It is estimated that 10% of new fathers experience paternal postpartum depression following the birth of their child up until their first birthday. 20th June 2022 marks International Father’s Mental Health Day, a day dedicated to acknowledging and raising awareness of the mental health challenges fathers face. As a charity supporting fathers and people experiencing mental health challenges across Scotland, Support in Mind Scotland wants to raise awareness about mental health in fathers and provide information on resources available.

Paternal Mental Health

Now that we are starting to recognise the difficulty many mothers face with their postnatal mental health, we are also able to shine a light on the mental health experiences of new fathers. Scottish Government estimated that 50% of women who have postnatal depression have partners that would consider themselves to have depressive symptomology.

New fathers often do not feel comfortable acknowledging or discussing their paternal postpartum mental health. This can be due to fathers not wanting to overshadow the support their partner requires in the postpartum period, combined with outdated societal views of men not being considered strong when talking about their feelings.

However, this can lead to mental health issues becoming more prevalent for fathers. 45% of fathers say they are affected by postnatal stress and anxiety, which means it’s important we recognise the mental health difficulties both new parents face and ensure there is support available for mothers and fathers.

So, How Are You, Dad?

A survey of 564 dads in Scotland undertaken by Fathers Network Scotland discovered that only 16% of new dads were asked about their own mental health during antenatal appointments. This eye-opening statistic revealed just how overlooked new fathers can be and prompted action by Fathers Network Scotland. The ‘How Are You Dad?’ pilot was created to support the wellbeing of fathers and their family units. The charity provides training for midwives and health visitors in the North Lanarkshire, Greater Glasgow, Lothian, Tayside and Fife.

Fathers Network Scotland hopes to raise awareness of the mental health problems new fathers face and that through accessing support  will benefit fathers and their families.

Mental Health and Money Resources for Fathers

Mental Health and Money Advice

Mental Health and Money Advice by Support in Mind Scotland can perform benefit checks, as there may be welfare benefits available which you could be entitled to. For example, if you have a mental health condition that impacts your ability to work you may be entitled to claim Employment Support Allowance, Personal Independence Payment or if you are in one of the pilot areas, Adult Disability Payment.

Fathers Network Scotland

Fathers Network Scotland is a charity committed to improving children’s lives through the involvement of fathers. The charity trains professionals who have involvement with families such as early years practitioners, social workers and family support workers. They are also in the process of developing an app which will use geolocation to point men in the direction of local, relevant mental health services.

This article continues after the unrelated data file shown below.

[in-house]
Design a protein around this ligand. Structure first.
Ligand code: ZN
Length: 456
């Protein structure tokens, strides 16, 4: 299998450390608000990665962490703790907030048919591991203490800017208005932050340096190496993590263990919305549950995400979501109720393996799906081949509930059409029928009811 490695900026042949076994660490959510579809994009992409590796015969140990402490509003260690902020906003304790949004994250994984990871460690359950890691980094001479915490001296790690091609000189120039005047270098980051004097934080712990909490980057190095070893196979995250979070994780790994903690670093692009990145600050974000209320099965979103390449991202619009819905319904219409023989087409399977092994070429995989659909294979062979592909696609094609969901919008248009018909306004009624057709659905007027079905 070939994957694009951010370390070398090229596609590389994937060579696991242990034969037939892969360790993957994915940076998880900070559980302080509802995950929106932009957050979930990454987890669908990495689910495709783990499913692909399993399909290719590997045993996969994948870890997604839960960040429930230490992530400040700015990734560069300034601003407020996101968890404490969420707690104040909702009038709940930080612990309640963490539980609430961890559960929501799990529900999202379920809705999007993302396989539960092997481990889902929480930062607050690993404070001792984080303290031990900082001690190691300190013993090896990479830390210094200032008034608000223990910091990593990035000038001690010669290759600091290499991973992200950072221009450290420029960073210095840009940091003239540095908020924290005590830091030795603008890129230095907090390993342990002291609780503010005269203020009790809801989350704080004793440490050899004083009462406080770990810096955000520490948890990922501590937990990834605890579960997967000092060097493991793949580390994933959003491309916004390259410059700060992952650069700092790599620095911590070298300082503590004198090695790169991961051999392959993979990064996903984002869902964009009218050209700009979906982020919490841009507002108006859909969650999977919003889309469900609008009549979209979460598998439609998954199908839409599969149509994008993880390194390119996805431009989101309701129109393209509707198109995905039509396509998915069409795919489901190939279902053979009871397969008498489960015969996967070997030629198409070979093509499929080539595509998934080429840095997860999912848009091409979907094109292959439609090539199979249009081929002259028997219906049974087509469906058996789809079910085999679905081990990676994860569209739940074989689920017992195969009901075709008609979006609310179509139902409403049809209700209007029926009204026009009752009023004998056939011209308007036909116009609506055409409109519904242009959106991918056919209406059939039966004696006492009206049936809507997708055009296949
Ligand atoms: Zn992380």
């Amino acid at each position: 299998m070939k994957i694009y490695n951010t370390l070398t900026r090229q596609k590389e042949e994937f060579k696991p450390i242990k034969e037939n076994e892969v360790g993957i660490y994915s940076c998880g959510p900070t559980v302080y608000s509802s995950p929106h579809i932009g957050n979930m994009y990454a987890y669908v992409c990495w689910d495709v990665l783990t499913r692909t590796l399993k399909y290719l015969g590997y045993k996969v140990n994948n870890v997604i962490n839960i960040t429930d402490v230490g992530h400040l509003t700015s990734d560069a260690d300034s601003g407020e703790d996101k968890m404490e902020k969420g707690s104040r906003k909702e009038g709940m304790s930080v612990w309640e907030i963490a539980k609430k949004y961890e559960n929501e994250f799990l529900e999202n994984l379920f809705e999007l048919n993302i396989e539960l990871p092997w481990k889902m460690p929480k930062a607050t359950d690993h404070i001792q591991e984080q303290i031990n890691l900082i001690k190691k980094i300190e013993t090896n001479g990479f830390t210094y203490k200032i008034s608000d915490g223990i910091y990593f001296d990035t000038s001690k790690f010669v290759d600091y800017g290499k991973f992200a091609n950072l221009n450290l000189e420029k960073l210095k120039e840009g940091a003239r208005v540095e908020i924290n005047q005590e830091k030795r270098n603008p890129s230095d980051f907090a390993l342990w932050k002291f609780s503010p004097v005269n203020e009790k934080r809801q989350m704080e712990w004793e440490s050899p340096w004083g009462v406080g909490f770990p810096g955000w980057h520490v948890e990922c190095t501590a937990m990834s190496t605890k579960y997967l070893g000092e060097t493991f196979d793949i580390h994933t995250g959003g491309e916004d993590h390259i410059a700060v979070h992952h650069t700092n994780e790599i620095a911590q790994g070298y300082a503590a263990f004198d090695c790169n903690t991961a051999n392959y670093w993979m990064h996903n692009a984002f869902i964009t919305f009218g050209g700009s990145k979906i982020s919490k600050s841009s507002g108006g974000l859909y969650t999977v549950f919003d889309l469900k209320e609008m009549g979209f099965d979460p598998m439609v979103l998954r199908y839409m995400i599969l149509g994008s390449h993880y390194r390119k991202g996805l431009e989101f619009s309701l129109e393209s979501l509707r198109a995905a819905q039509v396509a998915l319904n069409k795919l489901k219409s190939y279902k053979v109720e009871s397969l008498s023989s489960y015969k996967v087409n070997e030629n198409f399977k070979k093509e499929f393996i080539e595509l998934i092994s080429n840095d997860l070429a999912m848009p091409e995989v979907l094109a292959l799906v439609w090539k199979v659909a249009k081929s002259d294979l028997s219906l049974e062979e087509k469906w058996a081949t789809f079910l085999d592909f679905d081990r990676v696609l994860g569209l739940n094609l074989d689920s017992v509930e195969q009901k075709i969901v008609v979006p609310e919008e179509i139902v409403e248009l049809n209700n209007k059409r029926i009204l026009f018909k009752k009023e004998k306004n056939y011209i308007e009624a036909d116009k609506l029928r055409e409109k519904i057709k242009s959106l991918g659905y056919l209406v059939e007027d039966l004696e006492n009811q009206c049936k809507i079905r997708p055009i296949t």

Parent Club

Parent Club is an online resource endorsed by the Scottish Government that offers advice to parents through all the different stages of family life. The advice and tips offered are by parents and experts who have first-hand experience of the challenges parenthood can bring.

Parent Club has a particular advice section dedicated specifically to mental health support for new dads.

Mental Health Tips for New Dads

For many new fathers accessing regular support can be difficult, particularly for people living in rural areas of Scotland. Here is some guidance and practical ways that you can encourage positive mental health as a new father:

  • Find ways to connect with your baby

While mothers tend to have more contact with babies in the early stage of their lives, it is important that fathers are also involved in bonding with their child. Techniques such as skin-to-skin contact is an excellent way to form a bond with your child as it can help to soothe them and get them used to your voice.

  • Lean on family and friends

The early days of fatherhood are an overwhelming time which is why if support from friends and family is available, it’s important to try and lean on this as much as possible and not feel guilty for doing so. As the saying goes, ‘you can’t pour from an empty cup’, and it’s important to take opportunities for time to yourself, with your partner or to rest.

  • Prioritise exercise

Exercise is proven to be effective in encouraging good mental health as it releases feel-good hormones such as oxytocin. Taking yourself and your family out for a walk in the fresh air will not only help to blow away the cobwebs but will also promote good sleep in the evening for both you and your baby.

  • Talk about your feelings

Most importantly, it is essential that you talk about your feelings with your partner or a health care professional as they will help to ground you and provide reassurance. Professionals can signpost you to the best available support or help you manage at home. Talking to other parents can also be beneficial as they will have experience of the challenges of becoming a new dad and may have some tips to help you further